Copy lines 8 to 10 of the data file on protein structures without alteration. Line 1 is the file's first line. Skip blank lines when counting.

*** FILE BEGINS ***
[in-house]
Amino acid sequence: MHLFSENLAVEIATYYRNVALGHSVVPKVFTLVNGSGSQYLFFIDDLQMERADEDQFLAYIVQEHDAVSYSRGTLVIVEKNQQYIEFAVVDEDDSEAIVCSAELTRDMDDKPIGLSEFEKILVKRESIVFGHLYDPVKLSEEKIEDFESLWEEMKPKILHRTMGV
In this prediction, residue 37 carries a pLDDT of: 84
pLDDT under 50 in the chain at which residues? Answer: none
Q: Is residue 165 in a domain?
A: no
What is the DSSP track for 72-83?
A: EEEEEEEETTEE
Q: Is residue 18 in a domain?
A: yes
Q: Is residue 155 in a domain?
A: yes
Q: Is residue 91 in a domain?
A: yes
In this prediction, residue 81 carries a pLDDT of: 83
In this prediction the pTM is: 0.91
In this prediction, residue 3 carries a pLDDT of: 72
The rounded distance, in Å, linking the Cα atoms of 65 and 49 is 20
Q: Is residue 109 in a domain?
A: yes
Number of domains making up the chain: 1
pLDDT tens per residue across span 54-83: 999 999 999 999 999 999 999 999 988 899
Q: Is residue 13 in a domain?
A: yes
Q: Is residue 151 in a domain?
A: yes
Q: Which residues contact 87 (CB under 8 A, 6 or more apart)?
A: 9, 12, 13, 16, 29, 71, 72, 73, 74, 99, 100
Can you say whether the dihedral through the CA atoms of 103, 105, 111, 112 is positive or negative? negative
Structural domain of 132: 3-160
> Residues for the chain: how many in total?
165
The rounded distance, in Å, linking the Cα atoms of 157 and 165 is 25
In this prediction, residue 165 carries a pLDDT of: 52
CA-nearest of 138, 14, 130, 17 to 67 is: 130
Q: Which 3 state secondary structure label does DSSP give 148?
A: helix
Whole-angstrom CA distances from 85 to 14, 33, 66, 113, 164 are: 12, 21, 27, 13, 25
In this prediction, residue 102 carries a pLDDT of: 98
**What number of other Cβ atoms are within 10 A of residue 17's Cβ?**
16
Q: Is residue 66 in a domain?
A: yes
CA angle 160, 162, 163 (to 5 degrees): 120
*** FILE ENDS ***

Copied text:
A: EEEEEEEETTEE
Q: Is residue 18 in a domain?
A: yes